Box cars for bus safety

Massimo Martinez was wearing a big grin to top off his outfit: a policeman’s vest, a badge, a policeman’s cap and shades.  
  Kindergartener Massimo
  Martinez gets a high-five from
  Homewood Events Manager
  Allisa Opyd during the
  recording session of a public
  service video that focuses on
  school bus safety tips for
  drivers.
 (Photos by Eric Crump/
  H-F Chronicle)
 

The recent kindergarten graduate was portraying a police officer in a bit of public safety theater. He and a group of his classmates recently helped the Village of Homewood and Homewood School District 153 produce a public safety video on school bus safety.

The video by local documentary filmmaker Anne Colton is still in production but is expected to be finished sometime this month. 

In it, recent Willow School kindergarten graduates use their cardboard box cars in a skit that illustrates many of the unsafe behaviors drivers often engage in near schools and school buses. 

Cuteness as a force for good
Homewood Police Chief Bill Alcott plays himself in the video, although he downplayed his acting ability and insisted the kids were the real stars.

Alcott said the project began as village officials were considering a new public safety announcement.


“We always try to put out safety tips throughout the year,” he said. “We have a lot of complaints about people driving around school buses. We were just going to do a basic public safety announcement. Then Allisa came up with (information on) this kindergarten car.”

Allisa Opyd is Homewood’s events manager. She said the idea occurred to her when she recalled how adorable the kindergarten box car project is and how much it means to parents.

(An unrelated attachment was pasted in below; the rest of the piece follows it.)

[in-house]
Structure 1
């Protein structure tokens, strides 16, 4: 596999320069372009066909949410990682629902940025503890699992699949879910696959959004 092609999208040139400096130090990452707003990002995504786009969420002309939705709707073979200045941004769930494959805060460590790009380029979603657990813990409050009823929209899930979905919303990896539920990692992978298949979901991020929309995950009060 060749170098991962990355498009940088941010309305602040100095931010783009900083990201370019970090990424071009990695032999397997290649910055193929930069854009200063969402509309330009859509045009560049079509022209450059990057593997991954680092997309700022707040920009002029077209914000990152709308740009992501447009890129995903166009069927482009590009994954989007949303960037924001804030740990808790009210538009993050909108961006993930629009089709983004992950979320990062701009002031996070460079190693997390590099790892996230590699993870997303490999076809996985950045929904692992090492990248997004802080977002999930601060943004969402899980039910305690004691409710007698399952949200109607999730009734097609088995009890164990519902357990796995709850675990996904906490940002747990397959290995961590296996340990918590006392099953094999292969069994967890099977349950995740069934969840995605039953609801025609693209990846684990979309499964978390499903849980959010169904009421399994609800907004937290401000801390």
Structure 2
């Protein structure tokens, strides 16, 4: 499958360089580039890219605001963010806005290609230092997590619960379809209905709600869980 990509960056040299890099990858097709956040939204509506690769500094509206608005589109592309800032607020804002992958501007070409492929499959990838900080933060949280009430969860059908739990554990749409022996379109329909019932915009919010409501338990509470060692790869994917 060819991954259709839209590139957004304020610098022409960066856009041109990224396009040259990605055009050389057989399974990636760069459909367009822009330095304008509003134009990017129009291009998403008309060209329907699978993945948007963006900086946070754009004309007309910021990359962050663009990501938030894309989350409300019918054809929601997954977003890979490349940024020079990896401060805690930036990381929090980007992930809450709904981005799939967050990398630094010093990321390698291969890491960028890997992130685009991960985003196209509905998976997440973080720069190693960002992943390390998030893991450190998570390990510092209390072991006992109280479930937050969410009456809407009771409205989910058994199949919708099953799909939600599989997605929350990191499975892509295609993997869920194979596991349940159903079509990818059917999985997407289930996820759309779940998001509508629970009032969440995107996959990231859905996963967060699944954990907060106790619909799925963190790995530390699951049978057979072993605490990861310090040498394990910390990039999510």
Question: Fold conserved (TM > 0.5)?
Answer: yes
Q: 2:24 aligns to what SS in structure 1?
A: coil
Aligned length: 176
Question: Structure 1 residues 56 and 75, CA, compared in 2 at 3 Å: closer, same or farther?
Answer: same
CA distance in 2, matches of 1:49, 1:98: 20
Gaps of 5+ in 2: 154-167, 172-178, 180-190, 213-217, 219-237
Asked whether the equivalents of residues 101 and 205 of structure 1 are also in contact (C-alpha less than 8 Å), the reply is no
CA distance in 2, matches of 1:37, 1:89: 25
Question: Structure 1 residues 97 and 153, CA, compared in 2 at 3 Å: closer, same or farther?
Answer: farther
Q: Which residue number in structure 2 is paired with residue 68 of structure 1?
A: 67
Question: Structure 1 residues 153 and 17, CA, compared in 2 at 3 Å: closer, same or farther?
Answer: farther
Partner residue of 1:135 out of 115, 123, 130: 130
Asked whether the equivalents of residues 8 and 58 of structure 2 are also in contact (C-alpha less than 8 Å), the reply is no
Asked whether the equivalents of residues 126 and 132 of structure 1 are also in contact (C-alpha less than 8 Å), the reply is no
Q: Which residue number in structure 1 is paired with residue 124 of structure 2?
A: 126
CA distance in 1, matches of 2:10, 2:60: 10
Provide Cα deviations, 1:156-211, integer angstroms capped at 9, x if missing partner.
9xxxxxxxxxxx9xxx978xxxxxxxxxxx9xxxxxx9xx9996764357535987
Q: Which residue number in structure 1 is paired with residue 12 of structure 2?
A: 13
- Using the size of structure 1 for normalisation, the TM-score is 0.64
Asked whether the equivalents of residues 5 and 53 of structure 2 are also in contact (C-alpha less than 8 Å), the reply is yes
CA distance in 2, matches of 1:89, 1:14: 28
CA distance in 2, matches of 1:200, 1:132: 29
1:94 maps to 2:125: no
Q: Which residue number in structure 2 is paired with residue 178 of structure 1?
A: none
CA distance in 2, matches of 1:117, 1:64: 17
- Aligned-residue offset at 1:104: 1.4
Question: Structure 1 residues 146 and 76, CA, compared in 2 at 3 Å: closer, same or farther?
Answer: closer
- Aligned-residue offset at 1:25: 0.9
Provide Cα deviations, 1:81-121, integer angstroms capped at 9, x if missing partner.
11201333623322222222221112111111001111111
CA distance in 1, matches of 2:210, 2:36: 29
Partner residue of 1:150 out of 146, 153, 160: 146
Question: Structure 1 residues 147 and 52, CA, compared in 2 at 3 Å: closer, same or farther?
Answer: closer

The box cars are created by kindergarten students each year, a long-running Willow tradition. The project is part of a unit on transportation, according to Willow Principal Melissa Lawson. 

  Independent filmmaker Anne
  Colton readies a shot with
  Willow School students and
  Homewood Police Chief Bill
  Alcott, as part of the filming
  of a public service video that
  uses children to demonstrate
  poor driving habits around
  school buses.

 

At the end of the unit, which falls at the end of the school year, the students get to drive their box cars to an at-school drive-in movie. The parade of cars through the halls and playground draws a crowd of parents with cameras to capture the magic moment. 

Opyd said she still has fond memories of her daughter’s participation in the box car parade. 

“I kept Grace’s car until she was in the fourth grade,” she said. “I just couldn’t get rid of it. I’ve heard from other parents. They still have their kids’ car. They have pictures.”

She said she thought the love for and attention to the box car parade might make it an effective way to convey an important safety message.

‘If we can save one ...’
Last fall, in one three-day period, five children were killed and seven people were injured in accidents near school buses in three states, according to a CNN story. 

The convergence of those tragedies brought attention to the issue of student safety near school buses, but the cluster of accidents was actually a rare occurrence. 

  Willow School students in their
  cardboard box cars move into
  position for the filming of a
  public safety announcement
  about bus safety.


School bus-related accidents represent a very small percentage of all fatal accidents in the country. 

In the decade ending in 2016, there were 320,874 fatal traffic crashes in the country. Of those, 1,147, or 0.4 percent, involved school buses. Of the 1,282 people who died in those crashes, 98 were children who were walking near a bus.

The numbers are not the compelling reason for the project, however. 

According to the National Highway Traffic Safety Administration, “The greatest risk to your child is not riding a bus, but approaching or leaving one.”

Alcott said Homewood has not had any accidents involving children near buses in recent years. 

The purpose of the video is to keep it that way.

“if this public safety announcement can save one life, then we did the right thing,” he said. 

Risky behavior
In the video, the Willow students in their box cars imitate the behaviors school staff and police officers routinely observe in drivers.

Most people don’t engage in risky driving on purpose, Alcott said. In many cases they have forgotten specific rules or are just in a hurry. 

  Kate Purvis helps students
  prepare for their roles in the
  public safety video.

 

“When you’re 40 and 50 years old you forget some things, such as do you go past a school bus in the opposite direction on a four lane highway? Is it just in the same direction?” he said.